Robert Zemeckis has brought us some cinematic classics over the years from Back To the Future to Forest Gump, so expectation may be high for his wartime spy thriller Allied with Brad Pitt and Marion Cotillard at the helm. So it pains to say that this transportation into World War II has less fizzle than an unexploded bomb.
Brad Pitt may look dashing, like a golden age of Hollywood heartthrob, and Cotillard oozes style and bad ass grace but the lack of screen chemistry and a narrative that just plods along with no real urgency, intelligence or exciting sparks leaves a feeling of being slapped by a cold dead fish. The only longing anticipation felt is a constant twist that never comes, one that is so desperately needed to give this sorry episode a much-needed injection of life.
The first quarter of the film is spent in Casablanca where Max Vatan (Pitt) – a Canadian spy working for the British – and Marianne Beausejour (Marion Cotillard) come together as Man and Wife but both undercover secret agents with one mission, to assassinate a German Ambassador. The beautiful Marianne is already established in the set with Max – a mining engineer- joining later and only supposedly being able to speak French. As the pair works closely together on their plan on killing the ambassador at the ambassador’s ball they fall madly in love with each other – Each splendid setting at times is placed to remind the viewer of the classic beauty of age-old Hollywood, some would say stealing scenes from the likes of Casablanca. Whilst not quite witnessing the couple making love we are given the hint as their passion’s soar in a car in the middle of a dessert which has a swirling sandstorm whipping up a frenzy all around them.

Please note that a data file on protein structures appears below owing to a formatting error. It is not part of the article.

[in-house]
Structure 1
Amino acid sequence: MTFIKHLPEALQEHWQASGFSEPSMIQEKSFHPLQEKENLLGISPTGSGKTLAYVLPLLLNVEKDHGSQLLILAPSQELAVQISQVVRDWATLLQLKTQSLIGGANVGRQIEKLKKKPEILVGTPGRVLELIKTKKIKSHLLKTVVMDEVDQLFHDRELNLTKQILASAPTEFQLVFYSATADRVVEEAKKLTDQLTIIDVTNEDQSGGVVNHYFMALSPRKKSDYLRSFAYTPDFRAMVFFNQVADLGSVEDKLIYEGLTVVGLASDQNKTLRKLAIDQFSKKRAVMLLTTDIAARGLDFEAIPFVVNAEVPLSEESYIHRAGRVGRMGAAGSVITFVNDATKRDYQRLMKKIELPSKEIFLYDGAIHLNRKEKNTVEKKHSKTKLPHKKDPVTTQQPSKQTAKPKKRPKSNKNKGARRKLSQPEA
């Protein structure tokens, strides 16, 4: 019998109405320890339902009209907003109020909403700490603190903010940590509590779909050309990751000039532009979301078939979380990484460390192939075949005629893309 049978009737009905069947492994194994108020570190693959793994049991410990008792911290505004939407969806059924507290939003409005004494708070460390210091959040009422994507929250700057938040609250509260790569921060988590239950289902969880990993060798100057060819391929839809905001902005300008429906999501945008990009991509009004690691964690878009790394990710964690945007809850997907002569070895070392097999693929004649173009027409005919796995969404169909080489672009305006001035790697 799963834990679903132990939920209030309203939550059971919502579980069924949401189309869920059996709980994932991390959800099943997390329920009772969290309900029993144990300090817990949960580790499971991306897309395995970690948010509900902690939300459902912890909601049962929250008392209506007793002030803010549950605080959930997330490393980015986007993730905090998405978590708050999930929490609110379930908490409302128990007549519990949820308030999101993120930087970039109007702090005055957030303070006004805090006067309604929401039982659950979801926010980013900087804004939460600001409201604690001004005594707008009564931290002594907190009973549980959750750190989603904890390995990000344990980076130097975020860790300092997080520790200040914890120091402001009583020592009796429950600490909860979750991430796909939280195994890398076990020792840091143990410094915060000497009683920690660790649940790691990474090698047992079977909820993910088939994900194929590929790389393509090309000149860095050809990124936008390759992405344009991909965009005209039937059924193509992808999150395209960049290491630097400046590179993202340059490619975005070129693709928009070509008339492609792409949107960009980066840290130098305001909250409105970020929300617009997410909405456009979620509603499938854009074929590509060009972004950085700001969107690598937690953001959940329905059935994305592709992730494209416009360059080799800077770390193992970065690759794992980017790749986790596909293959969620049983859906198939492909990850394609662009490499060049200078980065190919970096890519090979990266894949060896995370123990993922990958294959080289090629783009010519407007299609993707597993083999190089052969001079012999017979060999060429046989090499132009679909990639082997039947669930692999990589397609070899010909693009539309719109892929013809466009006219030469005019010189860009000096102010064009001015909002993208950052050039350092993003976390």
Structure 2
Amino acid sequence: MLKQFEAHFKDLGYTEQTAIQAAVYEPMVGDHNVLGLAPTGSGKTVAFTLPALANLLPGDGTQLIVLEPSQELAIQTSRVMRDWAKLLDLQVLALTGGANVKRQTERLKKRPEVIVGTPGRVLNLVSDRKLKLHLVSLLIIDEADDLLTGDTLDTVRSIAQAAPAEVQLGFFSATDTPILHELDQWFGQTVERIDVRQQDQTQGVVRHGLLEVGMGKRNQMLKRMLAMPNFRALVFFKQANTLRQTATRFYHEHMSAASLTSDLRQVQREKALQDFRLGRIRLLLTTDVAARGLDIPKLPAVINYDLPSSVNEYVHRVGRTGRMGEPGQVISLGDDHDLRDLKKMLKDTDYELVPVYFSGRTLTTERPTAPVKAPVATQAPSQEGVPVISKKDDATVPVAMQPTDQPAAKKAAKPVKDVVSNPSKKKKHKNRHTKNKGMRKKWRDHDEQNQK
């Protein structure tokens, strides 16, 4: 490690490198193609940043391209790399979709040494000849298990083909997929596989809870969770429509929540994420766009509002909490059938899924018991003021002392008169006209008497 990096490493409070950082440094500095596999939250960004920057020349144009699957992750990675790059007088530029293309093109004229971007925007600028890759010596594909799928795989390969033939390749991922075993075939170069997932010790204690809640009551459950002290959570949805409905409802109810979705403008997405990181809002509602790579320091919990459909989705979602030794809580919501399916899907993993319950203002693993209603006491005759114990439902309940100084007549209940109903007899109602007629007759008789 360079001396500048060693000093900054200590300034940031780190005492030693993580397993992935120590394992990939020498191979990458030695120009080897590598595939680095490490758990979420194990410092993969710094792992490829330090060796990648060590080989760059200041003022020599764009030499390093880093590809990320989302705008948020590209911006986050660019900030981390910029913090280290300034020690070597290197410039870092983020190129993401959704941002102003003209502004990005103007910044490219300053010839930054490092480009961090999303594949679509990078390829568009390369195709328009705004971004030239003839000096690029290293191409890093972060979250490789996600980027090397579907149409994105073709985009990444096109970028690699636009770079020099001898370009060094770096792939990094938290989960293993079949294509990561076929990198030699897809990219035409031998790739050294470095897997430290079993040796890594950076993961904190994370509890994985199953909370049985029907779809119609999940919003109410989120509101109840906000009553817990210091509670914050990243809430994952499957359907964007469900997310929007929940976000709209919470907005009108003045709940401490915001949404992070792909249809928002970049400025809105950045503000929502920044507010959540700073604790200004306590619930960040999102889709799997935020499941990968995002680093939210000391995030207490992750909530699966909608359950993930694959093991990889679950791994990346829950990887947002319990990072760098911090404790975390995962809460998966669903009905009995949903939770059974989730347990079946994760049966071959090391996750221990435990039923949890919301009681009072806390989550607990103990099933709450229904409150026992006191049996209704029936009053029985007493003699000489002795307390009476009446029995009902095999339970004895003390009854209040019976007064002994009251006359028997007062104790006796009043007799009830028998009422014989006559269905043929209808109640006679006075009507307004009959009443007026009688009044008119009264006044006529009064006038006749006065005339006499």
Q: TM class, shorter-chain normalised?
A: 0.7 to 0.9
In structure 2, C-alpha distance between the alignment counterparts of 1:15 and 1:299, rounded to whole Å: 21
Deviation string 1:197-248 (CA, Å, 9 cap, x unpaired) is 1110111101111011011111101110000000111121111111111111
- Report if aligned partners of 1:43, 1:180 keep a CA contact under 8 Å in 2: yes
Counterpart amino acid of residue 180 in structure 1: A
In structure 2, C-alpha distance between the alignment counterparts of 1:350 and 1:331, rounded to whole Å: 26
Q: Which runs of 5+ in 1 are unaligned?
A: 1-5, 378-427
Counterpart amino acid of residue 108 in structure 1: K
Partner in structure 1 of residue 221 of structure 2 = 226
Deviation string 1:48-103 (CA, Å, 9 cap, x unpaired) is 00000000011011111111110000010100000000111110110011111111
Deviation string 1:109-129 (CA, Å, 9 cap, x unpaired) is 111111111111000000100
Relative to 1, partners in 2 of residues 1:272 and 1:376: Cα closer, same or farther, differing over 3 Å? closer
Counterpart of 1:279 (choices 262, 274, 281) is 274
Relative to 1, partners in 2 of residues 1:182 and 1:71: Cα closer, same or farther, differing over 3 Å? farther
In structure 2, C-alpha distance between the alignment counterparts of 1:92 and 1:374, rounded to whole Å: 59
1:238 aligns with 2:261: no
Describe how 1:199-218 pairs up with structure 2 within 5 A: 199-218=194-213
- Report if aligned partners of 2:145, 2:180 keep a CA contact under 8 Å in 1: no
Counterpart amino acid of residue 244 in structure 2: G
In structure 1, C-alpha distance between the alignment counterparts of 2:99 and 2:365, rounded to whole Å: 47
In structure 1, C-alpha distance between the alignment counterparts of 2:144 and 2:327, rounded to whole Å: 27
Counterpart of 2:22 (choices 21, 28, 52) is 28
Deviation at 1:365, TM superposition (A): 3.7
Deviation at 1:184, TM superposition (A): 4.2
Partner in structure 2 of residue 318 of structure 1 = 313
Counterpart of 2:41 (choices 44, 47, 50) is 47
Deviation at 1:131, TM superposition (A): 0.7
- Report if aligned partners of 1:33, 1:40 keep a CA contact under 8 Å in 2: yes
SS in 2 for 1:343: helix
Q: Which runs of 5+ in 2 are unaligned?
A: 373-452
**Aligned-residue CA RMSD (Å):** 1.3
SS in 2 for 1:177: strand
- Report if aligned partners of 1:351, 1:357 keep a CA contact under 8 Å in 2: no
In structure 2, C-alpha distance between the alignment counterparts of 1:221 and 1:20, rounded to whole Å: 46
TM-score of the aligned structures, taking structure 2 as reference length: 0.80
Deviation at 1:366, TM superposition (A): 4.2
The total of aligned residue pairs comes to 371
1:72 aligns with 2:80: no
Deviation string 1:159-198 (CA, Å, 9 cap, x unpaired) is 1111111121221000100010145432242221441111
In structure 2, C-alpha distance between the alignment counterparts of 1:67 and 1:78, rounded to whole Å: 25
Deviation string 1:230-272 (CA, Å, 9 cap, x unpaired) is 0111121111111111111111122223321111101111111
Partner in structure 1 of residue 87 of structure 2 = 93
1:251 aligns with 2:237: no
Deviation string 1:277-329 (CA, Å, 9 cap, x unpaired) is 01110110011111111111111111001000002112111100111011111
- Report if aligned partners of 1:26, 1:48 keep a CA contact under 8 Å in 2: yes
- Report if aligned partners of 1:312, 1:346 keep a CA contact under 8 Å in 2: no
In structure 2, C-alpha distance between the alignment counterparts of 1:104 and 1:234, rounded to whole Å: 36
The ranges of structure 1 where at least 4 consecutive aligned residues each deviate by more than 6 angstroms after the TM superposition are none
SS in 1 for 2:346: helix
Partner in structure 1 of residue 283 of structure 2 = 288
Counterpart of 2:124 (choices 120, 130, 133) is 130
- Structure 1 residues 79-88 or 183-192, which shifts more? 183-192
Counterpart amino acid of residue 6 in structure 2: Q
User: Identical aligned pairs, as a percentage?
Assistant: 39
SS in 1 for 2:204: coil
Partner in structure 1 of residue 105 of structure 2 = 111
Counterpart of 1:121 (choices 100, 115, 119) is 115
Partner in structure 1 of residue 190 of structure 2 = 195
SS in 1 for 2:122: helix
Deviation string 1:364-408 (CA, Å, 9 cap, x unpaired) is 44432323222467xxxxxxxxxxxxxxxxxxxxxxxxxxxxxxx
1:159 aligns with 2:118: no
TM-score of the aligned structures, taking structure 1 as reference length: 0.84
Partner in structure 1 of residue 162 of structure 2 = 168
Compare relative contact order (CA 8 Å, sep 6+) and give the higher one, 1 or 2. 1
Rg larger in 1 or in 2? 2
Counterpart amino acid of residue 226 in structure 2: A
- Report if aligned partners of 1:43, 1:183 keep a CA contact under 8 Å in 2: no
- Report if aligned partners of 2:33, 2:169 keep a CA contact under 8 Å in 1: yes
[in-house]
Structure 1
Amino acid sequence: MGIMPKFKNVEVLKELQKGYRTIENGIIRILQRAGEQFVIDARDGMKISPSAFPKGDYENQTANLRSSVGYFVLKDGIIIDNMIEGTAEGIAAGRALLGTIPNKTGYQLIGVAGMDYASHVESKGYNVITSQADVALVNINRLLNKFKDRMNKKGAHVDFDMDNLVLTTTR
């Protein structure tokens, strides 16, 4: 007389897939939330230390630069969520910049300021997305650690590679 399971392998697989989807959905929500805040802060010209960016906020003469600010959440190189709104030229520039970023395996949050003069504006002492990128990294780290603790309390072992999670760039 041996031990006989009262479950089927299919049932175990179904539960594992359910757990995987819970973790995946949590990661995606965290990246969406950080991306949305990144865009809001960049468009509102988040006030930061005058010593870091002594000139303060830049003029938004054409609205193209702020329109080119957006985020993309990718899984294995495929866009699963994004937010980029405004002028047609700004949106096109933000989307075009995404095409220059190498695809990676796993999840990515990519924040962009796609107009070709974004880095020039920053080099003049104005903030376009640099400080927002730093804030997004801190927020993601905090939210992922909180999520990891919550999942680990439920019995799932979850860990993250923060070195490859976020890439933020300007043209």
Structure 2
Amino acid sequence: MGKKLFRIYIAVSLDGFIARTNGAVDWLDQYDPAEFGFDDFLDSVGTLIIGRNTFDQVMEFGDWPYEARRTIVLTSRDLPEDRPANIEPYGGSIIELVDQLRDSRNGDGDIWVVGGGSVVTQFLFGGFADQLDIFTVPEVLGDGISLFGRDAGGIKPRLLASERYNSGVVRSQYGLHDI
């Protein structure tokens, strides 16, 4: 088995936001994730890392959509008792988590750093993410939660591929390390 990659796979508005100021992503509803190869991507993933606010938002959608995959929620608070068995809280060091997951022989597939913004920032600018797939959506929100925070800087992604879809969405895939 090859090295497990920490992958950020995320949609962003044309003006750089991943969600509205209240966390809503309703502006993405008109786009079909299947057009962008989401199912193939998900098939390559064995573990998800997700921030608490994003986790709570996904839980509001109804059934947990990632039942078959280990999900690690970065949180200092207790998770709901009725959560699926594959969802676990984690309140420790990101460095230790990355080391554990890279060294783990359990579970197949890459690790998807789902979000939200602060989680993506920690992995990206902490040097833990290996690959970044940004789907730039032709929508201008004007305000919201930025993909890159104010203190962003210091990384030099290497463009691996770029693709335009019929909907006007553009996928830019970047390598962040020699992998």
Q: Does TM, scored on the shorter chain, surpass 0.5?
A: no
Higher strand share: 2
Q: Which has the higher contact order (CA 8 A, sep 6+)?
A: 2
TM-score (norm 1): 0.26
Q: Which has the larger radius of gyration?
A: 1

With the assassination complete the pair head back to a heavily bombed London, but of course living in the very swanky Hampstead area with spectacular views of Hampstead Heath. Now married with a child, Max is called upon by his commanding office (Jared Harris) and a stern looking Military Intelligence Officer played by the ever splendid Simon McBurney to inform Max they believe his wife is indeed a German Spy who is under investigation and by no means is he to conduct his own investigation, oh and if it is found that she is her life is to be ended at his hands.
This is where you begin to hope for the suspense and twists but it never quite rears its head, each scene is played out like we are just going through the motions. No real love or affection is felt for either of our leads and it’s just a race against time to wish this monotonous World War II adventure is over, A complete waste of acting talent that could have been better put to use elsewhere.
Allied is in cinemas November 25th.